Thanks to The Quantum Astrophysicists Guild for the review code
System: Nintendo Switch (eShop)
Release Date: 09/10/2020
Another day, another minimalist platformer, and you know the drill with these, as I’ve played so many other games with this art style that I have no need to recite myself. It’s a simplistic, flat 2D look with shapes and pleasing colors, and the menus get the job done here.
For the soundtrack, not much to say there either, since its composed of generic 8-bit chiptunes with not much to mention. They’re inoffensive, but also heavily forgettable.
Deleveled is a simple 2D platformer, where you take control of two cubes moving in sync, and having to guide them to press buttons scattered across each level, to open the exit to the next stage.
This is done by simply moving around and taking advantage of the dual-sided nature of the stages, since one cube will be on the top side, while the other will be on the bottom, and if one of the cubes falls high enough to bounce the other cube, that can be used as platforming, which is vital to solving the tricky platforming needed to reach certain buttons. Once both cubes are on buttons in sync, you press the A button and are taken back to the starting point to hunt the other button pairs, repeating until the exits open.
While it may seem as if there’s no hazards to impede you, there are definitely plenty of ways to get stuck and fail the star requirement, including but not limited to falling off a platform and colliding with your other half, to getting stuck and being unable to bounce up to a button or platform, which requires a stage reset with the B button. You have unlimited tries to reach the buttons, but you’ll be unable to obtain the star for the stage unless you do it all in one go. Gain more stars, and you’ll unlock a harder bonus level for each world, as the game gets more and more difficult, with World 2 offering a ton of resistance early on.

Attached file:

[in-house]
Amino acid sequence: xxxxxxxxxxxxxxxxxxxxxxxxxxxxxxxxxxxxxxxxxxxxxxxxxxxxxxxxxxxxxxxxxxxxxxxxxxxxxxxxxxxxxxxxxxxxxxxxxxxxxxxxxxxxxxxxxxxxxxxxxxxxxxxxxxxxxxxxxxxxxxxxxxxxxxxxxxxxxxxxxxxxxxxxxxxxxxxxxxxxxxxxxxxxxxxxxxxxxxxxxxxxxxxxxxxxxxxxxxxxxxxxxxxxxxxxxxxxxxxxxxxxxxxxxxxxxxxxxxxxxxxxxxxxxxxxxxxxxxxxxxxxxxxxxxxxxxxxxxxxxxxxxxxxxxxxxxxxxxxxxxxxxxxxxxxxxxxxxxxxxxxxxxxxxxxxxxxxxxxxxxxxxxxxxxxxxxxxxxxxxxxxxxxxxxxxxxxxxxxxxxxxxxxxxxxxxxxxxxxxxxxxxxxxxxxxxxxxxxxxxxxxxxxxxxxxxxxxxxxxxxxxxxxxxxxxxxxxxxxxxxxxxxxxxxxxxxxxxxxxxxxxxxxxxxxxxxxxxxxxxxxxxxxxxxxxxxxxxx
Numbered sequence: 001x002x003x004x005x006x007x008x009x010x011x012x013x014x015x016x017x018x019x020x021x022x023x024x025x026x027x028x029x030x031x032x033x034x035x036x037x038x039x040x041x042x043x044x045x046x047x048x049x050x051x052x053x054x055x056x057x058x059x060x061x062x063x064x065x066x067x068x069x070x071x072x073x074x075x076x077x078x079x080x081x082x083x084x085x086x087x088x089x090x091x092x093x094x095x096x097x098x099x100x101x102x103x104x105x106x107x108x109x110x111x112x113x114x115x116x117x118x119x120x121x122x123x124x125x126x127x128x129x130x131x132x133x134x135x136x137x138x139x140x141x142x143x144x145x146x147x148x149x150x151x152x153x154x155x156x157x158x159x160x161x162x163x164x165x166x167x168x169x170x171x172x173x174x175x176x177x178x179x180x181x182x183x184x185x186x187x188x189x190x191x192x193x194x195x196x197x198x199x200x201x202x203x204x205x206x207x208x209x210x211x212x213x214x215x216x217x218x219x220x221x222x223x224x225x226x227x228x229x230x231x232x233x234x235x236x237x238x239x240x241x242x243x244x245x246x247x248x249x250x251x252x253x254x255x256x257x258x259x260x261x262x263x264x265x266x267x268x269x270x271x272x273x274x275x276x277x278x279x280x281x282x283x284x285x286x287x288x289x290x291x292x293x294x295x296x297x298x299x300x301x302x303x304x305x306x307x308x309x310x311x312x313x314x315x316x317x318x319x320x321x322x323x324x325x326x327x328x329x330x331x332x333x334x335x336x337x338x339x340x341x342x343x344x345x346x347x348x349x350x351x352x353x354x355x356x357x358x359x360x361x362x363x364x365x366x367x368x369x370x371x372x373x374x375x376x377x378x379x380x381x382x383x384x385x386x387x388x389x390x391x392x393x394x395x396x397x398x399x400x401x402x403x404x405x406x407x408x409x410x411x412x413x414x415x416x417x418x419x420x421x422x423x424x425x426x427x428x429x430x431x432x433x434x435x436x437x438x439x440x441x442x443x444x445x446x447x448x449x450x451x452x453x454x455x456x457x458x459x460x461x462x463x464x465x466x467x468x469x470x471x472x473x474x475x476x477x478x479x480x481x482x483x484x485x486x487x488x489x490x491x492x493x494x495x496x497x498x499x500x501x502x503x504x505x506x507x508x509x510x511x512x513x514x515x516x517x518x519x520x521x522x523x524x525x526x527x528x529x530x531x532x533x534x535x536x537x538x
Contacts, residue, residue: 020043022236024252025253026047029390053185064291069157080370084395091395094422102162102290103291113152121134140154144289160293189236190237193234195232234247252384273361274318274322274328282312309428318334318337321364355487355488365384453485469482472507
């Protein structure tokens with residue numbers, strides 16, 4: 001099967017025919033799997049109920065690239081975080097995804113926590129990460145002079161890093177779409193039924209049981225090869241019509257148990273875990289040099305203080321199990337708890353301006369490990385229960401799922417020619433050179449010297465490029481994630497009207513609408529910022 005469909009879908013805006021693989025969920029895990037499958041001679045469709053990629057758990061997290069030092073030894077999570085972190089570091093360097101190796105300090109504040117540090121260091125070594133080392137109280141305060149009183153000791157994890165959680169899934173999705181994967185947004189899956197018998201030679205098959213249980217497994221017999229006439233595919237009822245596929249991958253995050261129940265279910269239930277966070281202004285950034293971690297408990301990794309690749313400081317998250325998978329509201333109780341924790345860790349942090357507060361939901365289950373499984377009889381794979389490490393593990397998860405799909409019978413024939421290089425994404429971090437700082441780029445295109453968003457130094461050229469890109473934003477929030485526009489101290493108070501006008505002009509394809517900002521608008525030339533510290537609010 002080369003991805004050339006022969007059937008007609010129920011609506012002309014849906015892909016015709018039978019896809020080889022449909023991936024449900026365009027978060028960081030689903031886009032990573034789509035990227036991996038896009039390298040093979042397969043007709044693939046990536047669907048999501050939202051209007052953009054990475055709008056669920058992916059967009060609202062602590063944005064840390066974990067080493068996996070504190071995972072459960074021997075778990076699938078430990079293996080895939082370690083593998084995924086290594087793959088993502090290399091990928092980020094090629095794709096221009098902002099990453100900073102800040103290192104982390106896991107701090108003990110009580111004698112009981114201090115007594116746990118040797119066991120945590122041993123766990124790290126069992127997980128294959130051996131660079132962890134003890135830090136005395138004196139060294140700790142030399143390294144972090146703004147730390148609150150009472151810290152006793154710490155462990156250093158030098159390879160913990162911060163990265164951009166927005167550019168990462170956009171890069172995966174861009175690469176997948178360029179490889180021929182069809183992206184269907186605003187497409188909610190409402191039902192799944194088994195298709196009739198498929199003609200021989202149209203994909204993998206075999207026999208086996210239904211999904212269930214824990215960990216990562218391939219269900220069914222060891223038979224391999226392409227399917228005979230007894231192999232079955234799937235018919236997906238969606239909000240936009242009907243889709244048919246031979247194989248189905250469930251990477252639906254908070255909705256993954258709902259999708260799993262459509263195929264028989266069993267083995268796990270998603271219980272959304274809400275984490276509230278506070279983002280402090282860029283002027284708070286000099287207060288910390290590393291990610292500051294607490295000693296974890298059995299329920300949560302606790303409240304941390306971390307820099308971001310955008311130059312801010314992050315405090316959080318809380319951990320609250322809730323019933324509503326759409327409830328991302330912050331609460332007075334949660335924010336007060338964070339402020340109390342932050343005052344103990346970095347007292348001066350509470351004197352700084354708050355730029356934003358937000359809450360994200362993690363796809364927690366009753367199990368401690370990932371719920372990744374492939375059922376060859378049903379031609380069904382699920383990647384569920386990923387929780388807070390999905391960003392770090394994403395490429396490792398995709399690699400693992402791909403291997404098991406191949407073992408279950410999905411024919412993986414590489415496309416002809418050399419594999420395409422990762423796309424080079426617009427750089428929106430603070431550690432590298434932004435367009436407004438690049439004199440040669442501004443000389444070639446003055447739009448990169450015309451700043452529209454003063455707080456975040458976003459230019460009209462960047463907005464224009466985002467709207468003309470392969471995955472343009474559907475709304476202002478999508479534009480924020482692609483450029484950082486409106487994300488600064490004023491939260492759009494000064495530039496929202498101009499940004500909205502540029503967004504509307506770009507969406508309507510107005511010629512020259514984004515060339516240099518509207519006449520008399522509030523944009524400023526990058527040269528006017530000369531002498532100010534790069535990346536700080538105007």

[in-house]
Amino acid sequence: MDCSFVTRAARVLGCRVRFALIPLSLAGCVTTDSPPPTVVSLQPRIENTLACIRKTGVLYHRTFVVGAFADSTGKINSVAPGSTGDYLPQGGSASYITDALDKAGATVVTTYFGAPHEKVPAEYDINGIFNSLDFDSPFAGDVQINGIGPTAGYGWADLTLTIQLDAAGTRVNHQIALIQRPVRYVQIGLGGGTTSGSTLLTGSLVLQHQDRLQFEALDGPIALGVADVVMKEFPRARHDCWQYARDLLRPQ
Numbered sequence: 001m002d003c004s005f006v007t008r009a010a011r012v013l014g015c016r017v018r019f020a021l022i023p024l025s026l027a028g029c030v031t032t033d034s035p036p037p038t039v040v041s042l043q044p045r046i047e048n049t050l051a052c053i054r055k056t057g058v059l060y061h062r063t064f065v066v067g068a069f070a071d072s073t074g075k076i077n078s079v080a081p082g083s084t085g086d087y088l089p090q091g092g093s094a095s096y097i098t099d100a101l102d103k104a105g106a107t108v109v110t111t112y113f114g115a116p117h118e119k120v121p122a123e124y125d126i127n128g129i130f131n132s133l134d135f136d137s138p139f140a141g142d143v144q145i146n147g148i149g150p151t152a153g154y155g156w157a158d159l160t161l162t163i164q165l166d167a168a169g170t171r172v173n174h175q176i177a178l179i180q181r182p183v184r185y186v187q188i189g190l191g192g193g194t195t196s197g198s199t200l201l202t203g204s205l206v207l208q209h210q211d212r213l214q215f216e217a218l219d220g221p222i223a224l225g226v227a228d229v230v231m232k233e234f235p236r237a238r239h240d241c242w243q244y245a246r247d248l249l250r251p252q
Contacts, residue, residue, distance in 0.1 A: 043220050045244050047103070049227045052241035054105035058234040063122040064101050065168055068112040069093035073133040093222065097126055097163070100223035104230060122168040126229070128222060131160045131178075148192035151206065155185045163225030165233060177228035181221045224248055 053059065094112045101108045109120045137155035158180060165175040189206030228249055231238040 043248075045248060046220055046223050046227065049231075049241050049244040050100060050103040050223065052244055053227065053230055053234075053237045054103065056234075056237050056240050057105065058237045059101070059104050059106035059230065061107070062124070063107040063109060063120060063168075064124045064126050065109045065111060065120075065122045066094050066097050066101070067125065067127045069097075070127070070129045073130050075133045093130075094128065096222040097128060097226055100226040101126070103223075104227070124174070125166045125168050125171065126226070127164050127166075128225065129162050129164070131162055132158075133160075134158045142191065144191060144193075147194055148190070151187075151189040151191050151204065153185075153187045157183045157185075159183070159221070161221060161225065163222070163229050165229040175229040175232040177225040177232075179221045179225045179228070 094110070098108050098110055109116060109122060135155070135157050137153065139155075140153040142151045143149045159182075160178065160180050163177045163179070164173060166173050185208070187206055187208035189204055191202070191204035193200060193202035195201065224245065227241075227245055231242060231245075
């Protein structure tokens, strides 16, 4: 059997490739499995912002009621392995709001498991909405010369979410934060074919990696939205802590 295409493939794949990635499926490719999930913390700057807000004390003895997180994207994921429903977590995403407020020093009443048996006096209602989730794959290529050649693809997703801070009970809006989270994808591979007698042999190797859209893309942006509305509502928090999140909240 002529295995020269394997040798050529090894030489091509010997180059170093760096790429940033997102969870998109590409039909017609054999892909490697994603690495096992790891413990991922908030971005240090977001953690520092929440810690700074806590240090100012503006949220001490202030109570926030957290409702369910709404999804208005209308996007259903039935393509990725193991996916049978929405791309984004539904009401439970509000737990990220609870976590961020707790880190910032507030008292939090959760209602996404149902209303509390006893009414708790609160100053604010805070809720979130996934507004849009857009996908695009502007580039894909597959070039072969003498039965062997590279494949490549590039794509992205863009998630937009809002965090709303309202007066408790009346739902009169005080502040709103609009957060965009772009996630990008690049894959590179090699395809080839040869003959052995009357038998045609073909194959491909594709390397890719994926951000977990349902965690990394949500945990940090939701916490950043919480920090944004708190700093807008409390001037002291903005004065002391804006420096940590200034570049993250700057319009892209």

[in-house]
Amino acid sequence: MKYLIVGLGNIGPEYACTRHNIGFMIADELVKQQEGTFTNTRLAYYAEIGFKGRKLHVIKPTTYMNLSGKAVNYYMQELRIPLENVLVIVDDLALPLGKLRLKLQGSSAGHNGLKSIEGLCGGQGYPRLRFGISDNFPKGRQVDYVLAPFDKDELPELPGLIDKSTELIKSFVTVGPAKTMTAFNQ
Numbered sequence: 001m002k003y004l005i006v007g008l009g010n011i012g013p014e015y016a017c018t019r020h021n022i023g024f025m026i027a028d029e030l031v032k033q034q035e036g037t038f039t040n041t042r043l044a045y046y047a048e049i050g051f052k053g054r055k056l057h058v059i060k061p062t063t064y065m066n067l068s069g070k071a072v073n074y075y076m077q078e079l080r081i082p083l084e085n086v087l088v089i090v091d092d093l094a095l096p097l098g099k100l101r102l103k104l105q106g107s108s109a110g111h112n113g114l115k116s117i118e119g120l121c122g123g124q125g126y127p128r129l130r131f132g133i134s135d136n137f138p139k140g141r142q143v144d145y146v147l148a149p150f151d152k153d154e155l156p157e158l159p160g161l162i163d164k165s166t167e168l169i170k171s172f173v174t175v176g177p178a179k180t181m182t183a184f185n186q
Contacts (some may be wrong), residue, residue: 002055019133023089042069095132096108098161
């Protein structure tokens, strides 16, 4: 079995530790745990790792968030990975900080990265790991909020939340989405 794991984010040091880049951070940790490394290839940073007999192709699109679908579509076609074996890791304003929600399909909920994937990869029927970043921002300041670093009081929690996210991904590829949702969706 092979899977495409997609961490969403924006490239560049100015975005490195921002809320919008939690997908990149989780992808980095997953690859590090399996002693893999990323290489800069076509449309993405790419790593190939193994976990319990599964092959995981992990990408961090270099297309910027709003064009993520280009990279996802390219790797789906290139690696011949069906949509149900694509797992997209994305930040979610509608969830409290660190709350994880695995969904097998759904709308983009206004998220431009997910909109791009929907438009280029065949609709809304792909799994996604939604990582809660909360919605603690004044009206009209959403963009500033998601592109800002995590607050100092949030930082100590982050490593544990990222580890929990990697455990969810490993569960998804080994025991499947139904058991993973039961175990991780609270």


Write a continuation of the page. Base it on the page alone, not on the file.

And to be blunt, that’s all to Deleveled. There are a lot of worlds to play, and plenty of challenging stars to obtain, but the gameplay is simple and easy to pick-up-and play… A feeling I’ve felt and seen time and time again, over and over again until the end of time. Once you get the hang of this game, you really won’t feel much of any reason to stick around, or be wowed by anything, since this game is overly simplistic. The levels are tricky and fun to finally solve, yes, but there’s not much else to them, and I feel as if I’ve played games like this dozens of times before.
In conclusion, Deleveled is a paint by numbers, minimalist platformer, entering a swamped genre with not much on offer. The controls are fine, the puzzles are pretty tricky, and the concept is fine, but there really isn’t that much to write home about with Deleveled.
I give Deleveled a 5 out of 10.